When AMC contacted us to generate concepts for Mad Men's final season, it was like a shot of "energy serum." We were asked to create a promo that was animated, or not. That featured the show's characters, or not. That referenced Mad Men's iconic open, or not. And that was retro.
In very little time we generated more than a half dozen concepts along with ideas for music. The looks referenced some of our favorite late 60s to early 70s artists and designers: Peter Max, Bonnie McLean, Heinz Edelmann, Andy Warhol and many more. The looks were well received, but AMC seemed especially fond of one picture of the silhouetted figure from the show's titles standing before an open door. From the door wafts multi-colored plumes that could have flowed right out of Milton Glaser's portrait of Dylan.
Based on that image, AMC wanted us to expand the look into a whole promo using new psychedelic art that certainly looked like something by Glaser — because it was. Though still very active as a designer and illustrator, Glaser had long ago retired the groovy look that first launched him to prominence. Mad Men creator Matt Weiner thought that the artist's 60s look perfectly embodied the era and the rudderless mood of the show's seventh season.
We brought Glaser's art to life and expanded it to trace the footsteps of the silhouetted figure (who for the first time bears the unmistakable profile of Don Draper) through a swirling, Day-Glo world. After underscoring this mind journey with an array of different tracks (including work by Sinatra, the Doors and contemporary composers) Weiner and AMC settled on David Bowie's "The Man Who Sold The World," a recommendation from our original pitch.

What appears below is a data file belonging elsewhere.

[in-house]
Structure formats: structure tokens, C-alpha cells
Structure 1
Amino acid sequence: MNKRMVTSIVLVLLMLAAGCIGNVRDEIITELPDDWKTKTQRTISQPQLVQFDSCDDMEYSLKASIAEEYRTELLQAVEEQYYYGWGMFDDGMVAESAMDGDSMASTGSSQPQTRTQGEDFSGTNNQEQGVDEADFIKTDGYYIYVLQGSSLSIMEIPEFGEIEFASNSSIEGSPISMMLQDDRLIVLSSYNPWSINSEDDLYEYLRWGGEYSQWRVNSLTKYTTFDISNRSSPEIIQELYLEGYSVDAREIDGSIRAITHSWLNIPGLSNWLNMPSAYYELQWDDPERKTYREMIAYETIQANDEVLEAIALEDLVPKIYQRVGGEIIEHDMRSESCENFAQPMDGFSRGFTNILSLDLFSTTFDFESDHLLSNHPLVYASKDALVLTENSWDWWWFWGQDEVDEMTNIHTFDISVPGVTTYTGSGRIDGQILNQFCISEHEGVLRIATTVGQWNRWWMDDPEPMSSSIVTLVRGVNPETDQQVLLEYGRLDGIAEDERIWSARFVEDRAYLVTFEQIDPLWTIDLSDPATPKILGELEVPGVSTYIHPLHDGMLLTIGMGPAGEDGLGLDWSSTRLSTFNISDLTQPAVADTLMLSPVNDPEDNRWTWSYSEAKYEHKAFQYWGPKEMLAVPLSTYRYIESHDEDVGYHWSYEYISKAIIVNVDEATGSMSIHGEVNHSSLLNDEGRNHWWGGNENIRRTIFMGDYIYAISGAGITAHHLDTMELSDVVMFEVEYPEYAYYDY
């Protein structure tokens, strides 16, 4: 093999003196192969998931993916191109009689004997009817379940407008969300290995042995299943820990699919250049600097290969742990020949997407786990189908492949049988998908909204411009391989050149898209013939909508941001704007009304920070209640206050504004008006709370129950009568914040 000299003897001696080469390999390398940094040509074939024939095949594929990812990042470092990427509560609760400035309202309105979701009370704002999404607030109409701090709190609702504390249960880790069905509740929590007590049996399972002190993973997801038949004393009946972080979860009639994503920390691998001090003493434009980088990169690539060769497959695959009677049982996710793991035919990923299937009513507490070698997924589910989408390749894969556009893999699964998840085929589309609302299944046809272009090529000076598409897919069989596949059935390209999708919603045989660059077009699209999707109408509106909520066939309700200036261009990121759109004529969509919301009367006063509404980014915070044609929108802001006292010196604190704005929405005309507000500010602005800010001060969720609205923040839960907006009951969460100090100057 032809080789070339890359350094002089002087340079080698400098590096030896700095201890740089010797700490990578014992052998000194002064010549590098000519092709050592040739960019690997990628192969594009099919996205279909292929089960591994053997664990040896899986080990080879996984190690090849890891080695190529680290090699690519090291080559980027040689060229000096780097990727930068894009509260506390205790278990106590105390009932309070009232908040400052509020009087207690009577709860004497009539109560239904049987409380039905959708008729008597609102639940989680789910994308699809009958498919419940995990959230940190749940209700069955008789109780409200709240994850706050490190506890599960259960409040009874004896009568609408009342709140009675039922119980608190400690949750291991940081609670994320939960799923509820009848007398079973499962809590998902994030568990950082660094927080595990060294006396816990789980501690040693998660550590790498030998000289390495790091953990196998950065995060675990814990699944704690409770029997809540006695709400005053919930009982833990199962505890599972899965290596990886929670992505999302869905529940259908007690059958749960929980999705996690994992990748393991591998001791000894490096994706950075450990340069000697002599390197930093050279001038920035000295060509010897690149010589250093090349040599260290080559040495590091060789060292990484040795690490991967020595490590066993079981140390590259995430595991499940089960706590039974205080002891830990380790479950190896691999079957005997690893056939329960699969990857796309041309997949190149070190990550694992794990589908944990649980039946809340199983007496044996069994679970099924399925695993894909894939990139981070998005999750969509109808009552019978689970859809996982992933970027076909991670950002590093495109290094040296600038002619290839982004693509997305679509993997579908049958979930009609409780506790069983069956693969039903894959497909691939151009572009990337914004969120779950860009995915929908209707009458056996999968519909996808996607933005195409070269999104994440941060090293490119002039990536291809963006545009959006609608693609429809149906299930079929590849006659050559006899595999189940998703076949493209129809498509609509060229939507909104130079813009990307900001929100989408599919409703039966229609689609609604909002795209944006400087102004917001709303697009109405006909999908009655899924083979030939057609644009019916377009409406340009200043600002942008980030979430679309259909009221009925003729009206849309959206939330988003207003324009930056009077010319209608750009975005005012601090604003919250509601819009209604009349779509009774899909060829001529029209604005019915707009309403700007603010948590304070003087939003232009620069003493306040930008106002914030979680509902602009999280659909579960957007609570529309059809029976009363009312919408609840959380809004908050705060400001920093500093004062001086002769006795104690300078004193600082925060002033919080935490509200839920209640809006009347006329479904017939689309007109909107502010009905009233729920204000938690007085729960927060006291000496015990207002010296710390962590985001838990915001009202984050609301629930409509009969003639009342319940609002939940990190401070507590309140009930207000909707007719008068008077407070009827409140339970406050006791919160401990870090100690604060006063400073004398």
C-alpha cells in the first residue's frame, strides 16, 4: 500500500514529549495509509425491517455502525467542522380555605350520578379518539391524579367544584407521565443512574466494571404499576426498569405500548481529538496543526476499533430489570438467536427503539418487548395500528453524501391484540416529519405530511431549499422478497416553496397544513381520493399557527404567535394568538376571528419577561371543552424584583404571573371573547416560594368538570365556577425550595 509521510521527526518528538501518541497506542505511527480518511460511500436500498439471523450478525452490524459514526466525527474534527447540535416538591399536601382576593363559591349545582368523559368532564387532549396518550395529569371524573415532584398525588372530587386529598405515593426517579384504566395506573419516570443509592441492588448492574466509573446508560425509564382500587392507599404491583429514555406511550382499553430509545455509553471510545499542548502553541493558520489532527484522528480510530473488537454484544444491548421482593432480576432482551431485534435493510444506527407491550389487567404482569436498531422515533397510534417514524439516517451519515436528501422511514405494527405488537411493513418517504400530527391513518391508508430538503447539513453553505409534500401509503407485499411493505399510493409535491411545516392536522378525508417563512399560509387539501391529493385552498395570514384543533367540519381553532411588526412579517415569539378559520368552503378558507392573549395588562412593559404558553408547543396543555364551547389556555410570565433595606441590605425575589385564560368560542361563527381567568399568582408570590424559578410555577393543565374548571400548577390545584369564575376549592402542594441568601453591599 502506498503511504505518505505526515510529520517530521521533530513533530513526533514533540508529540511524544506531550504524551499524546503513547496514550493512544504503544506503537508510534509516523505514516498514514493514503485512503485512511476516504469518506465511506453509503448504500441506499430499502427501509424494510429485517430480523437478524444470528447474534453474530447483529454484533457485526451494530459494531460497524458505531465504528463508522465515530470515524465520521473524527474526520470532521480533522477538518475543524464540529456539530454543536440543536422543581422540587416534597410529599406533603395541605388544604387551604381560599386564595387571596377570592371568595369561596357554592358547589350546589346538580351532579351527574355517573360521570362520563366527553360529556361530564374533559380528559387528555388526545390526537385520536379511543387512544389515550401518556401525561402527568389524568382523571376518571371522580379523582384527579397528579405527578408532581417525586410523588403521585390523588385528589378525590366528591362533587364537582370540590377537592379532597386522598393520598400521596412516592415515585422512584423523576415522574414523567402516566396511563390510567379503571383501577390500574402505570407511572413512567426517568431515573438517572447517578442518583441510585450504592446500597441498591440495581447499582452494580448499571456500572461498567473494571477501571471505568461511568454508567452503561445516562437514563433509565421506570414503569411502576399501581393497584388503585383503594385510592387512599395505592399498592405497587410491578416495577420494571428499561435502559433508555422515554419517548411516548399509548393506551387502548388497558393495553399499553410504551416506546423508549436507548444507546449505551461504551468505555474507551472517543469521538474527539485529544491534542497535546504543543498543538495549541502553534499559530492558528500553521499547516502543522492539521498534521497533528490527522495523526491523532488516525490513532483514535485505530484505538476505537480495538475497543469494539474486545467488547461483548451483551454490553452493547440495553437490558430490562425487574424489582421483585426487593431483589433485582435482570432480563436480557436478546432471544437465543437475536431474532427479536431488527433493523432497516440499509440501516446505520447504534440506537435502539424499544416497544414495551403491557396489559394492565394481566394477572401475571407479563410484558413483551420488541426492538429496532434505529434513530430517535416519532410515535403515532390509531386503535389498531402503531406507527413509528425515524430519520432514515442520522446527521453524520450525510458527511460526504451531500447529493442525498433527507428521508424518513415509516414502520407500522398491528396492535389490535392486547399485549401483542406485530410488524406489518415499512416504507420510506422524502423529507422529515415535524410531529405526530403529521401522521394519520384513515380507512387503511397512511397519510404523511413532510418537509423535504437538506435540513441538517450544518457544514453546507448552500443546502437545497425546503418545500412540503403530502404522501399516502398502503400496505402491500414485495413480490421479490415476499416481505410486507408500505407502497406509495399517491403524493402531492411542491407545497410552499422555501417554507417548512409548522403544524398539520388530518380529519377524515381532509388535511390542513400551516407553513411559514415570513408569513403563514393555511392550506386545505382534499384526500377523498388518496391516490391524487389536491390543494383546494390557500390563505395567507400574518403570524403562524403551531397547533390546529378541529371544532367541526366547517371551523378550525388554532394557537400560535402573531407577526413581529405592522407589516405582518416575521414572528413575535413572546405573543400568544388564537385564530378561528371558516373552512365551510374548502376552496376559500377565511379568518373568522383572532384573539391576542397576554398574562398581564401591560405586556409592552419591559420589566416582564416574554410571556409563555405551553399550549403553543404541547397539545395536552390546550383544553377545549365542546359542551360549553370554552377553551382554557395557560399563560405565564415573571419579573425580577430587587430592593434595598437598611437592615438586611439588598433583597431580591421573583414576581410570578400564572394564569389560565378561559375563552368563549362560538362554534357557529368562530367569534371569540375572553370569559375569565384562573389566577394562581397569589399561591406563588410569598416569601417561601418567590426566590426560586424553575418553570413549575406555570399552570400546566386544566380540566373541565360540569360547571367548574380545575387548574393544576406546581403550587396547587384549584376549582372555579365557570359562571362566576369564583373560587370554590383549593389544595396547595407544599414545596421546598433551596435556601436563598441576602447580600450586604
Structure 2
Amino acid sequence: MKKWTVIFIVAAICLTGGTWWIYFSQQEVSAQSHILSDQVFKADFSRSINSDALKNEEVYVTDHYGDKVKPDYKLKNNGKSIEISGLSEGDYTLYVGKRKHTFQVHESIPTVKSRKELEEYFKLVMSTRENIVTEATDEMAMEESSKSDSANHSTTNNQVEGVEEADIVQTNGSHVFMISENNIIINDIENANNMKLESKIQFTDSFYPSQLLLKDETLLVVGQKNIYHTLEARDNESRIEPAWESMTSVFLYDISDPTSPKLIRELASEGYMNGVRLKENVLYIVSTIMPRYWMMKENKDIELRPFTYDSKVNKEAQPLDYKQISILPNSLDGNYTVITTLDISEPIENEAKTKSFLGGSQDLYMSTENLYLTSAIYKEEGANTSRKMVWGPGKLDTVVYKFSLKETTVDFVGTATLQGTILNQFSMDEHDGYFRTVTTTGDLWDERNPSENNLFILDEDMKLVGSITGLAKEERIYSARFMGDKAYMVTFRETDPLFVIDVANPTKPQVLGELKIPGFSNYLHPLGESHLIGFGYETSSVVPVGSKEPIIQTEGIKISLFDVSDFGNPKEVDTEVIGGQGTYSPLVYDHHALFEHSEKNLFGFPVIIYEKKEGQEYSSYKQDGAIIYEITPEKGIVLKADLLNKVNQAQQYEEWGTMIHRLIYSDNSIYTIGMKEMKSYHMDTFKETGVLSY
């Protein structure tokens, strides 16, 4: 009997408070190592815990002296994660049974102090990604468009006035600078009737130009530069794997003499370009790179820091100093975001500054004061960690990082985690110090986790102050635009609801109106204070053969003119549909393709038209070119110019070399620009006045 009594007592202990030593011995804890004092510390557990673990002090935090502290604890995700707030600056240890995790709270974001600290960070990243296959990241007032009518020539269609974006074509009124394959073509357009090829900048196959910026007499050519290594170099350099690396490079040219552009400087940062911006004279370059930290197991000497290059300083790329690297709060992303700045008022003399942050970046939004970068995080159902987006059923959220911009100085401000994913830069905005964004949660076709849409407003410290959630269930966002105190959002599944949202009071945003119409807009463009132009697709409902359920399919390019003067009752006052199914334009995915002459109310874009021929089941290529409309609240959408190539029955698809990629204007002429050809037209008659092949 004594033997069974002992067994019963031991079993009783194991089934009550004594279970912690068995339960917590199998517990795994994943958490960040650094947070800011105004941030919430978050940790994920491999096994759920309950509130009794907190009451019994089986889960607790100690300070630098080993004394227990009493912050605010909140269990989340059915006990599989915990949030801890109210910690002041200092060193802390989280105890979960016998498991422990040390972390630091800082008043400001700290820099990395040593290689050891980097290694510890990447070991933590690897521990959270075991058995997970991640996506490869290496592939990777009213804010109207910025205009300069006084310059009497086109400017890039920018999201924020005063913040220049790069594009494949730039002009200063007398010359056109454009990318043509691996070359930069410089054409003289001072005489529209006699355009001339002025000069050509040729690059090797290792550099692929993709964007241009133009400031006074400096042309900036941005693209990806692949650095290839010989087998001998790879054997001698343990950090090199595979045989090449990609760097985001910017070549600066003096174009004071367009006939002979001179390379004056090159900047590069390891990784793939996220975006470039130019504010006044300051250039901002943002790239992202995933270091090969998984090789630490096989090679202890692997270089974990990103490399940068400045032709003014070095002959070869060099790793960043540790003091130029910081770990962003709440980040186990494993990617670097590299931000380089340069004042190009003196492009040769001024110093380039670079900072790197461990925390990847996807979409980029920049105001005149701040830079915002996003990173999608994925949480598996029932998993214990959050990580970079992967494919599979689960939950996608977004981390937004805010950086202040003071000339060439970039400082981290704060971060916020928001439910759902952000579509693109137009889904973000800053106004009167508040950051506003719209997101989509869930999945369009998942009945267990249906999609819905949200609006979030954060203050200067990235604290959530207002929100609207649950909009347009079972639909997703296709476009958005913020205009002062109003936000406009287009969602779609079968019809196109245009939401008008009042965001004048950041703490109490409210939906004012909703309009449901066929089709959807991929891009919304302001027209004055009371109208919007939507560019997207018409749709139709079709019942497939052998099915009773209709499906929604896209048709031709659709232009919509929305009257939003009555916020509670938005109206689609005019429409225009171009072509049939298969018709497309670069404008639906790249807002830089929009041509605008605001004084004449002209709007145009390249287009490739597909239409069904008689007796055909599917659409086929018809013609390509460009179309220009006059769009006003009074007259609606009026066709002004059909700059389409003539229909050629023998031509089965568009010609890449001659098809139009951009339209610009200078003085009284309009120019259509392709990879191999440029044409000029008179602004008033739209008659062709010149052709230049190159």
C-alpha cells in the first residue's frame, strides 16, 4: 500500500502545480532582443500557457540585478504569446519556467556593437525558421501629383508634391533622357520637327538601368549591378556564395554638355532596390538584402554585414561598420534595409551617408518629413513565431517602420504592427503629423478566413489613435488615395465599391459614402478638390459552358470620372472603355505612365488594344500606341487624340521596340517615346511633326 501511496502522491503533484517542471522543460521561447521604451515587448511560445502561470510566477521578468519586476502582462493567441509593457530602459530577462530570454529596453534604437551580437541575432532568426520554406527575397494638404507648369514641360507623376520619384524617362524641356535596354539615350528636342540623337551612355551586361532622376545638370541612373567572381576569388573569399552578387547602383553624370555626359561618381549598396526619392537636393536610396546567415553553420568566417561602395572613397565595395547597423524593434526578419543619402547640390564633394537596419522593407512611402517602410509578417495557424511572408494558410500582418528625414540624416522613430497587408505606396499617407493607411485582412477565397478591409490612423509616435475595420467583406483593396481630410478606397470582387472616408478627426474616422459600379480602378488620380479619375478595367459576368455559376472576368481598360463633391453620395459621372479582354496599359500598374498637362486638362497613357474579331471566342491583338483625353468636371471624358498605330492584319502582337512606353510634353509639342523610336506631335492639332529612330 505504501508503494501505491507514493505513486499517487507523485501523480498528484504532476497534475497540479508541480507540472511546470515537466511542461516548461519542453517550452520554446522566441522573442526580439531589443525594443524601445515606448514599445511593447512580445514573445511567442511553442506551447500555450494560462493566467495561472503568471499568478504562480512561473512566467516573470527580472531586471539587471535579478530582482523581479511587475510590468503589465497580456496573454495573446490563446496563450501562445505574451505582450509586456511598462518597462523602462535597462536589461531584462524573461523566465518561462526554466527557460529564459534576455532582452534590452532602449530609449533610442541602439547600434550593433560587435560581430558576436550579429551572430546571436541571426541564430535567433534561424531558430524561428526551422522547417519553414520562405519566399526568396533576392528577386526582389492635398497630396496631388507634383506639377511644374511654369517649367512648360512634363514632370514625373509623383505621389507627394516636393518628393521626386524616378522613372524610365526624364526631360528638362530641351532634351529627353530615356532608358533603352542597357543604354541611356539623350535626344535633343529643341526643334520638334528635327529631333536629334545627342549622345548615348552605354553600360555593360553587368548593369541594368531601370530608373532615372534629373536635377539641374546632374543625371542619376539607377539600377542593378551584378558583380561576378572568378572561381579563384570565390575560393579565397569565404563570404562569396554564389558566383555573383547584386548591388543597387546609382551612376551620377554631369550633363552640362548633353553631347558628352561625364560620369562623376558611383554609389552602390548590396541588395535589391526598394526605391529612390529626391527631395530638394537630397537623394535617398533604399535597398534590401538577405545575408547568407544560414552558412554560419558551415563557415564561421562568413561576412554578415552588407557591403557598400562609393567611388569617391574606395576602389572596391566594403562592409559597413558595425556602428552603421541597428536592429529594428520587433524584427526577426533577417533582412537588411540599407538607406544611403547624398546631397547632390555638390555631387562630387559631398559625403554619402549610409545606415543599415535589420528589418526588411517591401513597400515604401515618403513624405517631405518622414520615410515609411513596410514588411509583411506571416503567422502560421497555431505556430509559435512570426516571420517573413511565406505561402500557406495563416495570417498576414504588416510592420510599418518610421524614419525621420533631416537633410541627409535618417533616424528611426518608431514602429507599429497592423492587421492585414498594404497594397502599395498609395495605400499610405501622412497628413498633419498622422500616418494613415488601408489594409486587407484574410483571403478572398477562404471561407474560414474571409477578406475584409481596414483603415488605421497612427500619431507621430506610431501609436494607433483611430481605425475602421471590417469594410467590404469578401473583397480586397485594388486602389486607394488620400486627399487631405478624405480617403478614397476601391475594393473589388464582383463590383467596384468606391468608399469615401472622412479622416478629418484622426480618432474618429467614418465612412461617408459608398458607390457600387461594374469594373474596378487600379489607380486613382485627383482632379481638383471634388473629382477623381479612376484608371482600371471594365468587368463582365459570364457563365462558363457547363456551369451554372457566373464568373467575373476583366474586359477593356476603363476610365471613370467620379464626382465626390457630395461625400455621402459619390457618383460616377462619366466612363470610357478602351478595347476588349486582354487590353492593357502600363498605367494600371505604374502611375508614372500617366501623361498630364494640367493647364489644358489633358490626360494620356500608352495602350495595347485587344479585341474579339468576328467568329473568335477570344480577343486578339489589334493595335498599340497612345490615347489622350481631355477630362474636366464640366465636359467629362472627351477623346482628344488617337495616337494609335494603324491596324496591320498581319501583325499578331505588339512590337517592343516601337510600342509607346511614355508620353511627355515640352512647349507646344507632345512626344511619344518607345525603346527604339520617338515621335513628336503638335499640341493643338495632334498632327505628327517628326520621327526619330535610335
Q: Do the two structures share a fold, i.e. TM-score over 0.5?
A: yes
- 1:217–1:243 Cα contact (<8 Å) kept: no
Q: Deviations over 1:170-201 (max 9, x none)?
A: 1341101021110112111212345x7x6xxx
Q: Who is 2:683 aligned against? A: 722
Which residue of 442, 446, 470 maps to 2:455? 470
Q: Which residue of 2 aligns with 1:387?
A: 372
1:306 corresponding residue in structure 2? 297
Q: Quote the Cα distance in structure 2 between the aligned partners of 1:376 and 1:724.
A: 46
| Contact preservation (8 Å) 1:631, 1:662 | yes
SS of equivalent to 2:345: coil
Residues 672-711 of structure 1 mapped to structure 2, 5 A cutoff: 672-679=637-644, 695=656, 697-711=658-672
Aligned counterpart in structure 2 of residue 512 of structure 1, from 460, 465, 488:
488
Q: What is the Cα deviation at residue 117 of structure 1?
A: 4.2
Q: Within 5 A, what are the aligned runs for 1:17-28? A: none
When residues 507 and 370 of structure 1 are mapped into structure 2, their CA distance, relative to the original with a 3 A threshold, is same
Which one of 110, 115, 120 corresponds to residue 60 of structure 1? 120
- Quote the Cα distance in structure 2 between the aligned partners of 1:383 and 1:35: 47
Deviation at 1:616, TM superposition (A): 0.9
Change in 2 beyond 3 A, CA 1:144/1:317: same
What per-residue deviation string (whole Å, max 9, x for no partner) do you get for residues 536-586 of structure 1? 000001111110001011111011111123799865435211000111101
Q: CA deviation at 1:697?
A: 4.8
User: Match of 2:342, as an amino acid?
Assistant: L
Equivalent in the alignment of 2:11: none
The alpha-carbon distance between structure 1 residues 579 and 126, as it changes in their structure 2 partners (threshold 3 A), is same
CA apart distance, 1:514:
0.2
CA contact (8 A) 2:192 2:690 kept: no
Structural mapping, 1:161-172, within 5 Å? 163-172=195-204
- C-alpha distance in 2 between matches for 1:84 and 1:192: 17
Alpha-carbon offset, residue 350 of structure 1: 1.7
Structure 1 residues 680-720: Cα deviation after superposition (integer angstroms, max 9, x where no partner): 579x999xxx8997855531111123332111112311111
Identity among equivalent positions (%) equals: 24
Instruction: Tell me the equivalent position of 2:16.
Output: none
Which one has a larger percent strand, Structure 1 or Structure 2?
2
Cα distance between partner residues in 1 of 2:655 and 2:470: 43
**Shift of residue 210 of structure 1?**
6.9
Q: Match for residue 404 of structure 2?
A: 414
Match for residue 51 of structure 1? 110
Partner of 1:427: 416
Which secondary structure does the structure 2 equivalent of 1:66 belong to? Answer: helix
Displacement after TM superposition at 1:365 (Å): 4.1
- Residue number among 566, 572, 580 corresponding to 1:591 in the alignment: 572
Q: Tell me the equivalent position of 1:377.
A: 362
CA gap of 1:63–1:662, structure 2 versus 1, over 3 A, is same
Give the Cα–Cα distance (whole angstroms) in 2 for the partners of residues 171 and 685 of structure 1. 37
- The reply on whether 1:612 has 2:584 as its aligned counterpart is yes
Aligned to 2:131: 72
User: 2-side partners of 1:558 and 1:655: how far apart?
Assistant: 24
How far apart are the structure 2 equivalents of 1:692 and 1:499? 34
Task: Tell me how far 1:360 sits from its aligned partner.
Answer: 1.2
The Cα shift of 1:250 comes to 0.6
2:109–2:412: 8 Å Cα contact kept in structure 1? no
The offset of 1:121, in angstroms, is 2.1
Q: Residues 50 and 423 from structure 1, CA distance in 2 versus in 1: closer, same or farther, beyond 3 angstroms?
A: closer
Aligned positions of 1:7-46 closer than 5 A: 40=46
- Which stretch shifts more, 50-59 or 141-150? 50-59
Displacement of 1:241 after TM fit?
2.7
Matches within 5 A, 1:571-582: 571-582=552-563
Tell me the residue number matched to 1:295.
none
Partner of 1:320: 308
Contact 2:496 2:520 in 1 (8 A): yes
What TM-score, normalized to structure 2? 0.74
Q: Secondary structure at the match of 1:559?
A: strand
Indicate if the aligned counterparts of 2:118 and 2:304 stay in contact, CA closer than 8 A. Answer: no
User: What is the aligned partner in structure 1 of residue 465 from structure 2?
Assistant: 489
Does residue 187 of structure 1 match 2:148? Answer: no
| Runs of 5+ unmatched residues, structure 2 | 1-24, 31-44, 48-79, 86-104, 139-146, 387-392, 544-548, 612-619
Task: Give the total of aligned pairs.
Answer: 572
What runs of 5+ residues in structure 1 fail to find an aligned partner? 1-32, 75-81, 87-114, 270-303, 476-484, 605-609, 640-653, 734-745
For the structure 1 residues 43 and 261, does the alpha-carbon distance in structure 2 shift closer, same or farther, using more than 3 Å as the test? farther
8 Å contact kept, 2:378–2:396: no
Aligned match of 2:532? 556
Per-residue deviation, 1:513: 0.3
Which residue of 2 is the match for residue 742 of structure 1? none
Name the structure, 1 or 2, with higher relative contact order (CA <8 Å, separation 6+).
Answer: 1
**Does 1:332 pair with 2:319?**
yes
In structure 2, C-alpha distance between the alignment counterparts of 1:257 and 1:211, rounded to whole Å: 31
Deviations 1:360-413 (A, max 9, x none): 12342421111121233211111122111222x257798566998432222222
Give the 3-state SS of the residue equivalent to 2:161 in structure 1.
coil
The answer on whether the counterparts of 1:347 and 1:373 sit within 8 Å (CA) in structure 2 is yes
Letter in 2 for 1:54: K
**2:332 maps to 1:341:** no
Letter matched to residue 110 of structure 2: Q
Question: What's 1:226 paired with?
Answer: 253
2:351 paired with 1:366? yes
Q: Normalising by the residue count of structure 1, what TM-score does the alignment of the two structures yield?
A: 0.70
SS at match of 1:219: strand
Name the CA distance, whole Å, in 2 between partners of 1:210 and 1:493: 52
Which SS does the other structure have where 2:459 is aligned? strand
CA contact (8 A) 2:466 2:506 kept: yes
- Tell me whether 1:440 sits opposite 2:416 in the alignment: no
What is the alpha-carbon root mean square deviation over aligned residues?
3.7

The spot sparked plenty of buzz (so to speak). But for us, the best part was working on a show we love with a designer we love and music we love. Now THAT'S a shot of energy serum!
The Party's Over
For the final half of the final season, AMC came to Primal Screen to help celebrate the series and mourn its departure. We collaborated with the network to create this reflective, dreamy garden party. Armed with footage they provided, we built visual rhythm and set up tableaux by placing the show’s characters in ever-shifting frames. We set the whole affair to Diana Ross’ yearning Love Hangover. The result is boldly sentimental without being sugary — just what we love about Mad Men.
1967, Milton Glaser